There hasn’t been a change to the uniform straight bill of lading since 1997, but as of August 13, 2016, several significant updates from the NMFC have gone into effect, and the key changes can be summed up in one word: liability.
Shippers who use the short form bill of lading will not notice the changes, because the short form doesn’t list out the rules, so we’ve itemized them here for your convenience in a PDF.
In Section 1a, they’ve changed the burden of liability for cargo loss or damage from the “carrier or party in possession” of the freight to the “carrier shown as transporting the property”.
If you’re involved with shipments that have more than one carrier (such as interline shipments or shipments that are carried to a “last mile” or similar delivery service) you should take some precautions. Whatever carrier is shown on the bill of lading will be responsible for the claim, even if they delivered the cargo with clear receipt to the carrier who delivered to the consignee.
According to Section 1b, the shipper now has to prove that the carrier has been negligent. In other words, the carrier is innocent unless the shipper can prove otherwise. Previously, the carrier had to prove it was not negligent. If you’re a shipper, this change has the potential to reduce your capacity to obtain favorable claim results.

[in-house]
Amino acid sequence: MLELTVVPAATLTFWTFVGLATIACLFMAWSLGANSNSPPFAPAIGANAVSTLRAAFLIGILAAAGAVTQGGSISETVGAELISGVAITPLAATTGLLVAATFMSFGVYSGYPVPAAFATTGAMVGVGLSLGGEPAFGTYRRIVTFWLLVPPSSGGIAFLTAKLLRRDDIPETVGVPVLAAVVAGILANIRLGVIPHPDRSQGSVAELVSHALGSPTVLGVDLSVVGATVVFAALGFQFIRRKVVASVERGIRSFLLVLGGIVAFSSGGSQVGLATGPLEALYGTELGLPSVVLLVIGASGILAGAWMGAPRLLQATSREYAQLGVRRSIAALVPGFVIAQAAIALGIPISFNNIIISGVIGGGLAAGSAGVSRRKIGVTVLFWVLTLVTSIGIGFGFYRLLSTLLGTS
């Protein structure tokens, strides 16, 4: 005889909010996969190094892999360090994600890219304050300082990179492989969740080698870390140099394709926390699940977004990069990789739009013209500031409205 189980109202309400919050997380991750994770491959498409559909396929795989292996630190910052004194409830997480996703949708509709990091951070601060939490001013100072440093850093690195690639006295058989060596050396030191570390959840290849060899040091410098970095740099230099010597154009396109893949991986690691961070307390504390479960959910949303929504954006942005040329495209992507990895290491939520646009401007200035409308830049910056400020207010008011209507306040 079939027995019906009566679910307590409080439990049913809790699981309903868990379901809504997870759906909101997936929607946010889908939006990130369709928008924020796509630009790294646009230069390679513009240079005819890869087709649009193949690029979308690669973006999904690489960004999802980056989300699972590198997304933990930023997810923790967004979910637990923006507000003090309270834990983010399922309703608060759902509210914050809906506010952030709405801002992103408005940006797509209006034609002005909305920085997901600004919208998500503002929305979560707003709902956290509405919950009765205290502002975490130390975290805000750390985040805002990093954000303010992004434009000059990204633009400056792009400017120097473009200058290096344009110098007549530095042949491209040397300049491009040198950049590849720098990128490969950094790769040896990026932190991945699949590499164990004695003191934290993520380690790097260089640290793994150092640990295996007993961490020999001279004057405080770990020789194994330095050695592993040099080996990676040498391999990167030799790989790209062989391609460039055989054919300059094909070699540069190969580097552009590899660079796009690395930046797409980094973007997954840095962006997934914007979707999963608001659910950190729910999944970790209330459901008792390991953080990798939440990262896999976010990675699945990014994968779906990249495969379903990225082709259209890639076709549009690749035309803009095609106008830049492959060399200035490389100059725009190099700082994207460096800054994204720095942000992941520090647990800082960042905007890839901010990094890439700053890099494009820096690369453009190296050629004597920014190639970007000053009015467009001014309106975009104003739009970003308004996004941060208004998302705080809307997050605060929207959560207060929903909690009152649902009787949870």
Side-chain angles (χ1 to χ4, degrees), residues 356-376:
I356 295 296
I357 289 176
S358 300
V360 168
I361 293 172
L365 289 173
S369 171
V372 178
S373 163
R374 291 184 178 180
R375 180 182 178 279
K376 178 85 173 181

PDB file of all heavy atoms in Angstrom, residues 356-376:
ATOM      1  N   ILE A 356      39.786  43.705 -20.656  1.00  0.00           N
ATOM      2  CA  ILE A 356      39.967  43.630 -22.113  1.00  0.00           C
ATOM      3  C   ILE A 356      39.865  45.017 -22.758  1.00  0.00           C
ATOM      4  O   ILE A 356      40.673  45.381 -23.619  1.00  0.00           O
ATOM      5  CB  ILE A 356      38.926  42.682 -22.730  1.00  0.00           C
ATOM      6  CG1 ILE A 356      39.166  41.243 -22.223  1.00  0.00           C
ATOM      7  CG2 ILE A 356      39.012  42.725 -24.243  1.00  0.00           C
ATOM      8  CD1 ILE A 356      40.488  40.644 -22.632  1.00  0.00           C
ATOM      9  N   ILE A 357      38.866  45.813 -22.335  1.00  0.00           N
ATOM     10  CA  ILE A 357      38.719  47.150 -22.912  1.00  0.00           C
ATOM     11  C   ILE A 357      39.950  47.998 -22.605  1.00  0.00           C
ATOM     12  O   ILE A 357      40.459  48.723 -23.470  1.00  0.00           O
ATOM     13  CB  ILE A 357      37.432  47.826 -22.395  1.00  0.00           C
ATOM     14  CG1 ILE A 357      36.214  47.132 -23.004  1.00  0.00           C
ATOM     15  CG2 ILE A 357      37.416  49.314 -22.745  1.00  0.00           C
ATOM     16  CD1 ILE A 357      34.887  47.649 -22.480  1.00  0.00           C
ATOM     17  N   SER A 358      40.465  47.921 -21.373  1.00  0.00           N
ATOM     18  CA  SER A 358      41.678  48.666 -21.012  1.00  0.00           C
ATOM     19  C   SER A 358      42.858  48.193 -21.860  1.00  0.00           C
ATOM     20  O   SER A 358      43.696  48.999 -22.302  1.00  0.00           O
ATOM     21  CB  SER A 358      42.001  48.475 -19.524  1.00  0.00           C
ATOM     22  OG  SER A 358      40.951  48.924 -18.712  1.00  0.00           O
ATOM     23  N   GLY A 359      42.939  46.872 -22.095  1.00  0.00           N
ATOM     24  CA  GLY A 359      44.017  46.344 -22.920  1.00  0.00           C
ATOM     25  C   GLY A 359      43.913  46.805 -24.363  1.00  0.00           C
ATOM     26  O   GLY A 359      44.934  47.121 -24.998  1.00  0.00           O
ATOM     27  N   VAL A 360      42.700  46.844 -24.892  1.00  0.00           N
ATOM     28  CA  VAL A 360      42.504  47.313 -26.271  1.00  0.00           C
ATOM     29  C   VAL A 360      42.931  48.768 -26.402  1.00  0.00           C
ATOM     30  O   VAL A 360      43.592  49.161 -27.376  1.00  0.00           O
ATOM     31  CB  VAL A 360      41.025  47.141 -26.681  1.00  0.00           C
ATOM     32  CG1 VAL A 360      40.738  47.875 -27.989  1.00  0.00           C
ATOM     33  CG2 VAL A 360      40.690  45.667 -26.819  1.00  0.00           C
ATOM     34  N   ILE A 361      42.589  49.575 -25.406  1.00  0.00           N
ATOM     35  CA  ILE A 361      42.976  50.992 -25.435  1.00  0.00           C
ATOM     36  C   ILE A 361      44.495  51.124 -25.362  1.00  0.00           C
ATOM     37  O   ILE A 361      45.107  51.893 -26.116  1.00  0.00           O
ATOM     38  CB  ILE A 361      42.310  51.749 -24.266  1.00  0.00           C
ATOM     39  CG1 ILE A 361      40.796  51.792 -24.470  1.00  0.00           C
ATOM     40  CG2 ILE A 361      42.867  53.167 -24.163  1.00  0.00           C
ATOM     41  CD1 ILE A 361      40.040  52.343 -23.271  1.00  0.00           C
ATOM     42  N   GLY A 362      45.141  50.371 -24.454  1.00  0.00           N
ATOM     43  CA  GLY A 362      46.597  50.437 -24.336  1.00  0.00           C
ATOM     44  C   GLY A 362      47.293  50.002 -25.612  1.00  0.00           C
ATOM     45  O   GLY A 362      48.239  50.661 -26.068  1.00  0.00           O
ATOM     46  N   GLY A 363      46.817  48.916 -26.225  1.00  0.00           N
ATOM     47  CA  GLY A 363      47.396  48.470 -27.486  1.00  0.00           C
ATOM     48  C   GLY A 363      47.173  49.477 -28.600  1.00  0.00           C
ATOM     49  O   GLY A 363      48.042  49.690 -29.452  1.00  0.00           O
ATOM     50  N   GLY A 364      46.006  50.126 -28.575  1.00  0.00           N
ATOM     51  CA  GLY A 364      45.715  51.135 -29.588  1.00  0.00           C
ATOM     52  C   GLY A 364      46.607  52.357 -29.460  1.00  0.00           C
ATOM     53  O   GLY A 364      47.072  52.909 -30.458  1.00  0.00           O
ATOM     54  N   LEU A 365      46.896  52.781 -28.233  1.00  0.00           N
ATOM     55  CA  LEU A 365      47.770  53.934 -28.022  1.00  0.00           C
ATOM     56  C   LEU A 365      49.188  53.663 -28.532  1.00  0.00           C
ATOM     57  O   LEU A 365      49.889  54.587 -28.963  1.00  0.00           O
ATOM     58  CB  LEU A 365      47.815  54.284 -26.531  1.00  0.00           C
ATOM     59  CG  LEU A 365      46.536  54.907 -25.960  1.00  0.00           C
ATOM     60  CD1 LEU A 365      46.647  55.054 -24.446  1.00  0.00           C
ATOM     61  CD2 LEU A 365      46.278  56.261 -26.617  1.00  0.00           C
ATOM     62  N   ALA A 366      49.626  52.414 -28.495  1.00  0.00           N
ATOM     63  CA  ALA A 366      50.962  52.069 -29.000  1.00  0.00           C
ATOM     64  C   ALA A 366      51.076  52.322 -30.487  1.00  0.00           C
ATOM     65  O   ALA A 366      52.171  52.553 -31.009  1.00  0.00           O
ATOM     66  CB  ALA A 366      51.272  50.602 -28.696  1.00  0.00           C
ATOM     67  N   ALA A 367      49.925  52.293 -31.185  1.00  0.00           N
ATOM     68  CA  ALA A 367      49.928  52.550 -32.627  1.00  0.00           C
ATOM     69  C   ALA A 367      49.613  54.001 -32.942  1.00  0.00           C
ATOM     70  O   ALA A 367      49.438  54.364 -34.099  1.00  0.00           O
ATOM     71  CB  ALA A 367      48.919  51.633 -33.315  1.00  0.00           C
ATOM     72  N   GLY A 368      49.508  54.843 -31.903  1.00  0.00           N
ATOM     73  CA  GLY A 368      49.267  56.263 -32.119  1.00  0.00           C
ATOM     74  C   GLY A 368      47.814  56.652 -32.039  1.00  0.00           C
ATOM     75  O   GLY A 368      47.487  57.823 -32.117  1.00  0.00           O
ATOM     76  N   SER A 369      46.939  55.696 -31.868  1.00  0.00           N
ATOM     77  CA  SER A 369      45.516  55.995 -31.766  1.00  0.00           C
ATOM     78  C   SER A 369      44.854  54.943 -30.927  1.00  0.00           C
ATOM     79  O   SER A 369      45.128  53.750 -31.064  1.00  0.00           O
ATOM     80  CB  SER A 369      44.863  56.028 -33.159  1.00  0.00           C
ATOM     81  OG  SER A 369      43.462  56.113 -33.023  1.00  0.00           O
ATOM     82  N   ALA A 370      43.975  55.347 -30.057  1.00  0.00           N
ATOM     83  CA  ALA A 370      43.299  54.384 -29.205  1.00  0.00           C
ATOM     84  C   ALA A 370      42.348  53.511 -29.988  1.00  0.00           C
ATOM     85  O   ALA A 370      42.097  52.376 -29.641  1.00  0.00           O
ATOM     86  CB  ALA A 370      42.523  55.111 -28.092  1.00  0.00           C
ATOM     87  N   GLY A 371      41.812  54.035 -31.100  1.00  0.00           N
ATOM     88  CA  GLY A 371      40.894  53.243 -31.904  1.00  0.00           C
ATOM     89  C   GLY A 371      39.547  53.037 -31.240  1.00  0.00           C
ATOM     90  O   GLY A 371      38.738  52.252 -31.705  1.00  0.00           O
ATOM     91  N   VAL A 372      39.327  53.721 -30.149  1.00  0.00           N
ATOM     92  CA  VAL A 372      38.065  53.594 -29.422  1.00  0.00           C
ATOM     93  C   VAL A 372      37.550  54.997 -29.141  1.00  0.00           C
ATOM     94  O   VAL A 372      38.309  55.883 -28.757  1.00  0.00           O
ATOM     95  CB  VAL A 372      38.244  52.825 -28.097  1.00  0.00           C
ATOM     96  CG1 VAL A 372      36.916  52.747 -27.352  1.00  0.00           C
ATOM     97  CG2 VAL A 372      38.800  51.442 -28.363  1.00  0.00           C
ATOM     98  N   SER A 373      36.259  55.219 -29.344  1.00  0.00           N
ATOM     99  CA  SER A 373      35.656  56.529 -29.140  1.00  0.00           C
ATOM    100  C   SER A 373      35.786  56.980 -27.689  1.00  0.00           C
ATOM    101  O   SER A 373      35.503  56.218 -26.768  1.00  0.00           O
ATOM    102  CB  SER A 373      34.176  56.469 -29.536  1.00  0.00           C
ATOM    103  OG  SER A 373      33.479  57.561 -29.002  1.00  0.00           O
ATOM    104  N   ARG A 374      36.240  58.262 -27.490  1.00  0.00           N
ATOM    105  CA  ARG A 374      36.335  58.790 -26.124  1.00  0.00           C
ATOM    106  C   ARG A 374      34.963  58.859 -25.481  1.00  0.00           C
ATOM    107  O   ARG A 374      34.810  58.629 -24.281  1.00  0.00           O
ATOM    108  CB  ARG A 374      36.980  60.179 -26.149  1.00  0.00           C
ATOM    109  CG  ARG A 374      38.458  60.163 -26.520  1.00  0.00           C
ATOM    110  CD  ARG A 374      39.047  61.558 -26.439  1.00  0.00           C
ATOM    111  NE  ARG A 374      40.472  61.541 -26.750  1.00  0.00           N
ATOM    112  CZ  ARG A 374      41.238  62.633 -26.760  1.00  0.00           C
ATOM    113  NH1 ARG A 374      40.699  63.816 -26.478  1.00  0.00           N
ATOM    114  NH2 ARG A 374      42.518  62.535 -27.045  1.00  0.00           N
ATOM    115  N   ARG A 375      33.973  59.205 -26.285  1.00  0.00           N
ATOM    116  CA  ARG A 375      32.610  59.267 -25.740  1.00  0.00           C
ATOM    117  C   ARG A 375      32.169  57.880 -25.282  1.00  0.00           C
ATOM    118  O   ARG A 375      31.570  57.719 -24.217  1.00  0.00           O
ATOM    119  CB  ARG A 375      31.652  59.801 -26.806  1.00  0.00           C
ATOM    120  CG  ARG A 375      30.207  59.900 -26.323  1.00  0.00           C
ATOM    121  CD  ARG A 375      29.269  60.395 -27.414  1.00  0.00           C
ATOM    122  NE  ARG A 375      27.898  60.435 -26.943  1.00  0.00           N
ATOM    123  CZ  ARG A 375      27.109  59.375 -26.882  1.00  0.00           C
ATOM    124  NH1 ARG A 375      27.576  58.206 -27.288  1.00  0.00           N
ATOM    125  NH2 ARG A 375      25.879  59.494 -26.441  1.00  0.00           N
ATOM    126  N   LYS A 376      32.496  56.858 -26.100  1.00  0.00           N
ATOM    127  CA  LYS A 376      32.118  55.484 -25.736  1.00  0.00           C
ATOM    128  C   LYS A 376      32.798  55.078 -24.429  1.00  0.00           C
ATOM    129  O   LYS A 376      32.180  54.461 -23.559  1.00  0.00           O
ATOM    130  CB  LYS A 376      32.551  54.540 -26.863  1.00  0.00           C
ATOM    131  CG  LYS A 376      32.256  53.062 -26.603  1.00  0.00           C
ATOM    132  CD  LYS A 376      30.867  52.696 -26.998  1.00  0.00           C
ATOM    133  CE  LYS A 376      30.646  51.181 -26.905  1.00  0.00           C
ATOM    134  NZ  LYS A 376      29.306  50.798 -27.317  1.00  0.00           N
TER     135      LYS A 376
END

Among the exemptions of carrier liability, section 1b now includes “riots and strikes.” By itself, this doesn’t present a common threat. However, the full clause reads “riots, strikes, and related causes.” This is a blanket term with enough ambiguity to be exploited by legal teams in order to thwart a shipper’s freight claims.
In regard to delayed transit claims against carriers, Section 2 Omits the term “reasonable dispatch” as the standard and instead states that “the carrier will transport the shipment in the regular course of its providing transportation services”. This takes away the standard transit of the industry to go from point A to point B and replaces it with the individual carrier’s standard transit, opening up an opportunity for carriers to make certain that their rate reflects a “guaranteed” transit time. This could significantly increase shippers’ cost.
If a shipper is facing serious issues regarding shipment that fails to be delivered within a certain time period, we suggest they document this clearly on their bill of lading to reduce a potential denial of claims.
Previously, Section 3b allowed a claim to be filed within 9 months of delivery. Now, it says it must be filed “within 9 months of the bill of lading.” In most cases this should have little impact. However in cases where shipments were held hostage for months because of accidents or seizures, the impact is huge.
NOTE: Both NASSTRAC and the Transportation and Logistics Council continue to seek to have the changes appealed. (Transport Topics Aug 22 2016 edition)
*The bill of lading is defined as “a detailed list of a shipment of goods in the form of a receipt given by the carrier to the person consigning the goods”.
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